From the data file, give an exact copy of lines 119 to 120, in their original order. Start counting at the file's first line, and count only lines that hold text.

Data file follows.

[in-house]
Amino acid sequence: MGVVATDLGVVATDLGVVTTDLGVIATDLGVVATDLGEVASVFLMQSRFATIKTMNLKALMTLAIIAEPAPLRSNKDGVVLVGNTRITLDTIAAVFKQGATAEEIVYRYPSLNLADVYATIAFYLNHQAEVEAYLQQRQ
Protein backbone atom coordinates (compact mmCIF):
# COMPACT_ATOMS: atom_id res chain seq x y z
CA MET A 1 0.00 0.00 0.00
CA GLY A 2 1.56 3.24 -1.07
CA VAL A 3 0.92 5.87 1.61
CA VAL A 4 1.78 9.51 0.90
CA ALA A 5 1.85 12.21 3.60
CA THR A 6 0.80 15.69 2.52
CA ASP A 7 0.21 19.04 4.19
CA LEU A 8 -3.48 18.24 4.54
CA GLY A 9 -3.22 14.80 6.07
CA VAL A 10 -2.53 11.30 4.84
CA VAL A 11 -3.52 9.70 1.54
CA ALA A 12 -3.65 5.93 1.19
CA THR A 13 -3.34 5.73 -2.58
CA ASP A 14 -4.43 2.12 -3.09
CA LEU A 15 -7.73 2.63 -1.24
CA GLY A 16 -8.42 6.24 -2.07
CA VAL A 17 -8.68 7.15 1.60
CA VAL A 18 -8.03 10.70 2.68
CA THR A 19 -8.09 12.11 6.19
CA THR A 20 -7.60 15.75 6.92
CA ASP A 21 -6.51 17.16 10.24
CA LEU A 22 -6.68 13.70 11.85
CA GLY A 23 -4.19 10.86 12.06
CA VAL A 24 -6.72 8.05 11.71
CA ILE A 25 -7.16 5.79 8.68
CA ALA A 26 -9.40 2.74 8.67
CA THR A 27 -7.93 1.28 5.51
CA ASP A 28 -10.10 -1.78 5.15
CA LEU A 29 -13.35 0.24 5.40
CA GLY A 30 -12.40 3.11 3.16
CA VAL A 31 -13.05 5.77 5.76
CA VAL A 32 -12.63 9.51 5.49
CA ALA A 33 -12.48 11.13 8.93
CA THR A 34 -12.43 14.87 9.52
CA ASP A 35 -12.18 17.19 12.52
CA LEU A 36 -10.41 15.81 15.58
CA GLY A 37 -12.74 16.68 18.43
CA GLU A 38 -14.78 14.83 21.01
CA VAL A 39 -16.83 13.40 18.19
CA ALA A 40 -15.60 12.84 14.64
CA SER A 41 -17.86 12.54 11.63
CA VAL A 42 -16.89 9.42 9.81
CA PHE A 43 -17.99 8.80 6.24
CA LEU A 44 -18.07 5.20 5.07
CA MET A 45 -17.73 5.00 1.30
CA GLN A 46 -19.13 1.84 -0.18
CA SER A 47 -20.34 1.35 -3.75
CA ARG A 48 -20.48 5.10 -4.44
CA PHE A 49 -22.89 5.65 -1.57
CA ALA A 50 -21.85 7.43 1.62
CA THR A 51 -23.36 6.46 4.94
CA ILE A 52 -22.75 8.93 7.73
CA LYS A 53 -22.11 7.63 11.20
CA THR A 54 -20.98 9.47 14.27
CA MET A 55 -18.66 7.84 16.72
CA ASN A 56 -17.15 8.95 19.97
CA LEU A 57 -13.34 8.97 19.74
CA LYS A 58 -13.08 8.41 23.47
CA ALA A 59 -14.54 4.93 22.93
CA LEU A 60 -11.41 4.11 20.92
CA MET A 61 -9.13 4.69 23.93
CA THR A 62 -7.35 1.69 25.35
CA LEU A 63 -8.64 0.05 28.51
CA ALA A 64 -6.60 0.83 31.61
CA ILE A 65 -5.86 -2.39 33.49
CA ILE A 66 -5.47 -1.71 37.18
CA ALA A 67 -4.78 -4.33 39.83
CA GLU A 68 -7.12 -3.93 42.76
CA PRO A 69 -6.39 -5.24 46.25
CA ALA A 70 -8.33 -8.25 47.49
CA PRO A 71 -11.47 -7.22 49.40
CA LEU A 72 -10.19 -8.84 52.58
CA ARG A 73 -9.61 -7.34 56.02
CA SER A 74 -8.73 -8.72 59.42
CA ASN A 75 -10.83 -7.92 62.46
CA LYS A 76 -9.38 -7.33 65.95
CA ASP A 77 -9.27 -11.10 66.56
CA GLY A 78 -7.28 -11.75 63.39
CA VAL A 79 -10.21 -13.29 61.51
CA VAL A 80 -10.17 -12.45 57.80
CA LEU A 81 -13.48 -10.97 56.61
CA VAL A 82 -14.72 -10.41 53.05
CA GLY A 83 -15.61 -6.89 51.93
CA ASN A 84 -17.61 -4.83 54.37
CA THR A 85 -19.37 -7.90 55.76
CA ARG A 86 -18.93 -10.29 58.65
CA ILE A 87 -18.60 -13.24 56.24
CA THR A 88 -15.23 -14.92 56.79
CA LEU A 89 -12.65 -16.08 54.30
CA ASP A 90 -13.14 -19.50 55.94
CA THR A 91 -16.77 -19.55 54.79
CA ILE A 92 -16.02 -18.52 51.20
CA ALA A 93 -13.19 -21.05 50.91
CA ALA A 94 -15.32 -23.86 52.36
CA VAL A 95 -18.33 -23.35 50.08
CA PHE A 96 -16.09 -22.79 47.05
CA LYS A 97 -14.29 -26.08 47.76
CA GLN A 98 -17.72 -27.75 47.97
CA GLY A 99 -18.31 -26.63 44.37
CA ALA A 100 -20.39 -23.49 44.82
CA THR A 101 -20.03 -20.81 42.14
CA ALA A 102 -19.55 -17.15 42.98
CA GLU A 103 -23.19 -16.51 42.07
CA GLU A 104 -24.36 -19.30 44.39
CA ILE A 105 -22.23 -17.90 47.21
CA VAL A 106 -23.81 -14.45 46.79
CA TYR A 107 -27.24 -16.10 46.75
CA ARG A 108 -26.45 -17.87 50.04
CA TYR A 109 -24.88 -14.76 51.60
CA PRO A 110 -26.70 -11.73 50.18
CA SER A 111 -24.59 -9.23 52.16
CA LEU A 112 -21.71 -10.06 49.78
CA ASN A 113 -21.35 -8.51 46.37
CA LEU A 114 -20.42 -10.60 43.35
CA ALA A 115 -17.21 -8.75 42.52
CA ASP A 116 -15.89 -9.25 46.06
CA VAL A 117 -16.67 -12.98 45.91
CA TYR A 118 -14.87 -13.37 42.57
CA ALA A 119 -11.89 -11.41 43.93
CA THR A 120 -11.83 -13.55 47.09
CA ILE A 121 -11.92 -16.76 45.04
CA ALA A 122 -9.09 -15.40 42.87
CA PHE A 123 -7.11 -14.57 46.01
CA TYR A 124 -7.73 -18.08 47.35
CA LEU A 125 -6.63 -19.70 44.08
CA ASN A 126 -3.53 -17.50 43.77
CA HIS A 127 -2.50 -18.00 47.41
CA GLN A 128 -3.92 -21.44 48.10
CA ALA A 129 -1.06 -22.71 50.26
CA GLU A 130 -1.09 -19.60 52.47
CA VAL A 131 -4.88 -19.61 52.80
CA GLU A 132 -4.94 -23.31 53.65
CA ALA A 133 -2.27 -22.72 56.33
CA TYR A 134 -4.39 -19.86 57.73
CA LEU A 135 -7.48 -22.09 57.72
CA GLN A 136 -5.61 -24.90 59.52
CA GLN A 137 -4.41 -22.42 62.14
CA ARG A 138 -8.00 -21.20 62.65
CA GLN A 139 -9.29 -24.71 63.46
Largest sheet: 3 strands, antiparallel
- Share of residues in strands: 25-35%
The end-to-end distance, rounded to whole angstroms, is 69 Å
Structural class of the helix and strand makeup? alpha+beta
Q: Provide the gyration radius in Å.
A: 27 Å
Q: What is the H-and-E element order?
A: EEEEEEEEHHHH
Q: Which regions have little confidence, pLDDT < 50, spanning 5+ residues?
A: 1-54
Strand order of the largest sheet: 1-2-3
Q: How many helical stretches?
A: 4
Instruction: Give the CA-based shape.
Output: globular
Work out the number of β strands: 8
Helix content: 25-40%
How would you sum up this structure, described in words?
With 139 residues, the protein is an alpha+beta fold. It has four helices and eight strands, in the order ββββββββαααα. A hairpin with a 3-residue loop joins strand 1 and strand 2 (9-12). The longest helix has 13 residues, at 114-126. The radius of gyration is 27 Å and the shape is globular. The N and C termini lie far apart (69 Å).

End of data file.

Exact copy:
CA ALA A 115 -17.21 -8.75 42.52
CA ASP A 116 -15.89 -9.25 46.06